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Saudi stock market to open to foreigners in 2014, predicts HSBC

Published: Updated:

Saudi Arabia’s stock market is set to open to foreign investors as early as 2014, according to predictions by market analysts and HSBC.

Foreign investors are currently prohibited from investing directly in Saudi-listed shares, but an expected liberalization of the rules could see tens of billions of dollars of outside money pumped into the local market.

The banking giant HSBC expects Saudi Arabia’s equity market to open to foreigners as early as next year.

“There’s tremendous appetite,” Simon Cooper, chief executive of HSBC’s Middle East business, told Bloomberg. “I’d say 12 to 18 months. Steps are being taken at the appropriate places to open the market up… I think there’s a strong desire to see it happen from both sides - buyer and seller.”

Foreigners based outside the GCC are currently only allowed to invest in the local market through equity swaps and exchange-traded funds. Saudi Arabia last year signaled it would open the market on a gradual basis, according to media reports.

Market analysts told Al Arabiya that they too expect Saudi Arabia’s stock exchange to open its doors to foreigners, with one predicting such a step could be taken as early as next year.

“I wouldn’t expect it this year – but next year, why not? The trend is there,” said Petr Molik, the head of the research division at Menacorp, based in the UAE.

“It would definitely lead to additional capital flowing into the market. It will be win-win for existing shareholders. The influx of foreign investment will drive prices higher,” he added.

Molik said however he expected restrictions placed on the level of foreign ownership in Saudi companies, as is the case in other Arabian Gulf markets such as the UAE.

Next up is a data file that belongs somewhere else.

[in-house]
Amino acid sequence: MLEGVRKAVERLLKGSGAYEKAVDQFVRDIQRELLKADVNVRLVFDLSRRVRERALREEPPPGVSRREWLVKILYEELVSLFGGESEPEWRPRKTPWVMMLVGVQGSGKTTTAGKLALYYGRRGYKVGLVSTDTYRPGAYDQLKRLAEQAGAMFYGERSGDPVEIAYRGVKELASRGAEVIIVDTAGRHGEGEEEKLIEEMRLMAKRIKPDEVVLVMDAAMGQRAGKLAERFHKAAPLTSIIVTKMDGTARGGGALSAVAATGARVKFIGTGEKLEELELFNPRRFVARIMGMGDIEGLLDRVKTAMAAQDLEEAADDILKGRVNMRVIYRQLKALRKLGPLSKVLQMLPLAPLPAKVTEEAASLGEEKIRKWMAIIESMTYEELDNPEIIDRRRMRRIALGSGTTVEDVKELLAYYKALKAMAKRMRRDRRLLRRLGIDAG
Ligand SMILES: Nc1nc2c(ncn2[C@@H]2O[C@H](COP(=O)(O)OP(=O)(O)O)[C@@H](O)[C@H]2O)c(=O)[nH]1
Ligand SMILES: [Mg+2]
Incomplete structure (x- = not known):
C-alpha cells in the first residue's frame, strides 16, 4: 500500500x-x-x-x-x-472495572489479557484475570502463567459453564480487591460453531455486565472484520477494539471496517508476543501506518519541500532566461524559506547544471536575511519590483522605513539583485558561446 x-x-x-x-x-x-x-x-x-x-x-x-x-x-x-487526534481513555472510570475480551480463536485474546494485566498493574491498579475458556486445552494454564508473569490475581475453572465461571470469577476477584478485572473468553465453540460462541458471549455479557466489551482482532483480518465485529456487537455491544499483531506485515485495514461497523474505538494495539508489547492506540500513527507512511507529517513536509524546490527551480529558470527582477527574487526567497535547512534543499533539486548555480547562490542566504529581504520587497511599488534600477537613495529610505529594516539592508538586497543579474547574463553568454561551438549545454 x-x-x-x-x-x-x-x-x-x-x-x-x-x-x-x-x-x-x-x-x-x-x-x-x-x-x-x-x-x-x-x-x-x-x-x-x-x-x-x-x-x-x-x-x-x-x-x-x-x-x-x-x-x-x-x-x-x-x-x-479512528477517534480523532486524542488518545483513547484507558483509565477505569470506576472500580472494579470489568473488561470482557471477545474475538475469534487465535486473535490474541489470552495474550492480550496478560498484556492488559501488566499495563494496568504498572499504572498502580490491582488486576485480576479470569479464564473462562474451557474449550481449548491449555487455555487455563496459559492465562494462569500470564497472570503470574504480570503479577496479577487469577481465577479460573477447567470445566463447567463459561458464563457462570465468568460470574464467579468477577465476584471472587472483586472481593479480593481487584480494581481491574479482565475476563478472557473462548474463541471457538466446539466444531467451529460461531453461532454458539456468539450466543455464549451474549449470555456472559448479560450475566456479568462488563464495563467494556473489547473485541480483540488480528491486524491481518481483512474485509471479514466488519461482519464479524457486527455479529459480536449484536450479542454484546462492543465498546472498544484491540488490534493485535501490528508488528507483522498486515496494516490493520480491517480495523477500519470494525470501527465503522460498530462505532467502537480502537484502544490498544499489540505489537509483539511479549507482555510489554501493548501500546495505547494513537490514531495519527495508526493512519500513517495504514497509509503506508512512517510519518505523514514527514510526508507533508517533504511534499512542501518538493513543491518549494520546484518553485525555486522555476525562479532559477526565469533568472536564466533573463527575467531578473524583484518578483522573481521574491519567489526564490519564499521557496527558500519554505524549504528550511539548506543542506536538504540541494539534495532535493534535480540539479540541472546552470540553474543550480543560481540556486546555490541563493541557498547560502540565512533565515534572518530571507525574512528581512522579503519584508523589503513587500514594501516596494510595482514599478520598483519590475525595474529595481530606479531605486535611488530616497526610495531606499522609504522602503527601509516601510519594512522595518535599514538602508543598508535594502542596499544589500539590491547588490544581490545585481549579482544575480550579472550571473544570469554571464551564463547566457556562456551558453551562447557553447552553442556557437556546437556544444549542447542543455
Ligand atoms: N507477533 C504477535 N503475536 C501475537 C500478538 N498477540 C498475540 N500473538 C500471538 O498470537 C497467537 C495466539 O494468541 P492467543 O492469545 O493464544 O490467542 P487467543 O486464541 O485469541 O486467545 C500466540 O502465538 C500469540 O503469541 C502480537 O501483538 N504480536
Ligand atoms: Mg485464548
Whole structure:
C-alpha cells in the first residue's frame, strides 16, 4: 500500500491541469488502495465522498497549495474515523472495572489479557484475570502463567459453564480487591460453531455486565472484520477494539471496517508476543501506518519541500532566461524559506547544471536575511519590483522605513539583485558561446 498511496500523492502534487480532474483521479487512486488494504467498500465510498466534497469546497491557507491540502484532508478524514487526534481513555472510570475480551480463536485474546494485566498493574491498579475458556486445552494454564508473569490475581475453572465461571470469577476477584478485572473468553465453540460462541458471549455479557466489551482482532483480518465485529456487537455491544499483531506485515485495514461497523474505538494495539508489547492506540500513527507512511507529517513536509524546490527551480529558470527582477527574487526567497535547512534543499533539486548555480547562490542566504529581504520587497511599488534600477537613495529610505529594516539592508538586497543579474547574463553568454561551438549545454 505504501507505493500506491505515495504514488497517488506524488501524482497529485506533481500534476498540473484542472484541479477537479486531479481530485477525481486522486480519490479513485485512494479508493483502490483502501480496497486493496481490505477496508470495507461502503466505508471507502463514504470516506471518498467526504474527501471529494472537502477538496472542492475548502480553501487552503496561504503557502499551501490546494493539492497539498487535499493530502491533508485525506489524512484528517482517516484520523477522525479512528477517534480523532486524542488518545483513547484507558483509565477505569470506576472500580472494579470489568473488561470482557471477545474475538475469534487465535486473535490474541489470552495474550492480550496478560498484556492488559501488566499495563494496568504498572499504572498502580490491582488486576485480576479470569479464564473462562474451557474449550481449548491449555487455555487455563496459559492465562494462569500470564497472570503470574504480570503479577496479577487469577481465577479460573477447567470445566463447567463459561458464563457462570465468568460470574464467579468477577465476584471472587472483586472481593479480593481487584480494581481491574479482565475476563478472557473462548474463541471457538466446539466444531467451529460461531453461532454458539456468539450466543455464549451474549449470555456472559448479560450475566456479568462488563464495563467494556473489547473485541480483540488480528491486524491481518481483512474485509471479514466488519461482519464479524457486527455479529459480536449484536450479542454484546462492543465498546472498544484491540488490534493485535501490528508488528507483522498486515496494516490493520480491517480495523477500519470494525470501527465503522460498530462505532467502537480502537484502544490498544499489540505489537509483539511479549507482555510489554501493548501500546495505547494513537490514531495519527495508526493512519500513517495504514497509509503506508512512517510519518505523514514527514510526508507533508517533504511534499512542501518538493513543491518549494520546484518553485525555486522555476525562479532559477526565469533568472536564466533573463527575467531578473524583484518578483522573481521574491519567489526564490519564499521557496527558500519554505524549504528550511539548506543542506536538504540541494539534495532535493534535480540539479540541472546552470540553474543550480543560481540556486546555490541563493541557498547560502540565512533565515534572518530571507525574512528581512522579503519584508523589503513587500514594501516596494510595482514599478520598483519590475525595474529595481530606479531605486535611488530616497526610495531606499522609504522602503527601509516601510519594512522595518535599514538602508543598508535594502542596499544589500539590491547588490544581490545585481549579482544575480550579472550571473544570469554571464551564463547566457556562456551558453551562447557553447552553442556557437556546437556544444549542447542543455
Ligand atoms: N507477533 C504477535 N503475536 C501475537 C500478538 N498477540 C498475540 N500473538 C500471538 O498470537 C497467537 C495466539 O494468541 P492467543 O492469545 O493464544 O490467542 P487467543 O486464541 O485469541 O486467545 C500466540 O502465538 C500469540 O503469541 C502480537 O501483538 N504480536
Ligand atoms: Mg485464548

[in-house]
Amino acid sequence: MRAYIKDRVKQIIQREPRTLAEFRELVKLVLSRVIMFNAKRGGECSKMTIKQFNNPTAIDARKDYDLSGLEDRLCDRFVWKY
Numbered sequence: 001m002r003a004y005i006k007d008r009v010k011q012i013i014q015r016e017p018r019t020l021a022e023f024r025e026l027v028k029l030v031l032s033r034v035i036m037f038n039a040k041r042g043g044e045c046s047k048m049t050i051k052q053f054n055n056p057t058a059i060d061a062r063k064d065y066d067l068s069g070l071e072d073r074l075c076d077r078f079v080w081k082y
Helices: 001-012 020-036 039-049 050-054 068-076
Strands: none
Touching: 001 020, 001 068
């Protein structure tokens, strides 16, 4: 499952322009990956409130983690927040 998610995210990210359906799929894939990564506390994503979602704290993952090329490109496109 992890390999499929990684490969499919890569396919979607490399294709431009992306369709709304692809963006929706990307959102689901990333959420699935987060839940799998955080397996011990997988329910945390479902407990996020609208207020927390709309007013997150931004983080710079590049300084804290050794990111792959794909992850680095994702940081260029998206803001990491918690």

“I don’t expect it will fully open. They would put in place some restrictions on foreign ownership. I would expect some limits – 30, 40 or 50 percent maximum ownership [in individual companies].”

Molik also said any market reforms would stop short of allowing hostile takeovers of Saudi firms by foreign investors. “I wouldn’t expect in five to 10 years for it to be as liberalized as the US or European markets,” he said.

Some analysts pointed to the appointment of Mohammad al-Sheikh as the new head of Saudi’s Capital Market Authority as being a positive sign for a possible liberalization of the sector.

“Mohammad al-Sheikh has a lot of experience that would be perfectly suited for opening up the market,” said Trevor McFarlane, a senior editor at the Economist Intelligence Unit (EIU), based in Dubai.

McFarlane said he too expects the Saudi market to open to foreigners – but was reluctant to predict when.

“All market analysts do expect this to happen,” he said. “But these things can take some time. It will happen – but the question is, when?”

The “buoyant” economy in Saudi Arabia would be a draw to foreign investors, said McFarlane. “If the market was to open up to foreign investors, it could have the potential to bring in tens of billions of dollars of foreign investment.”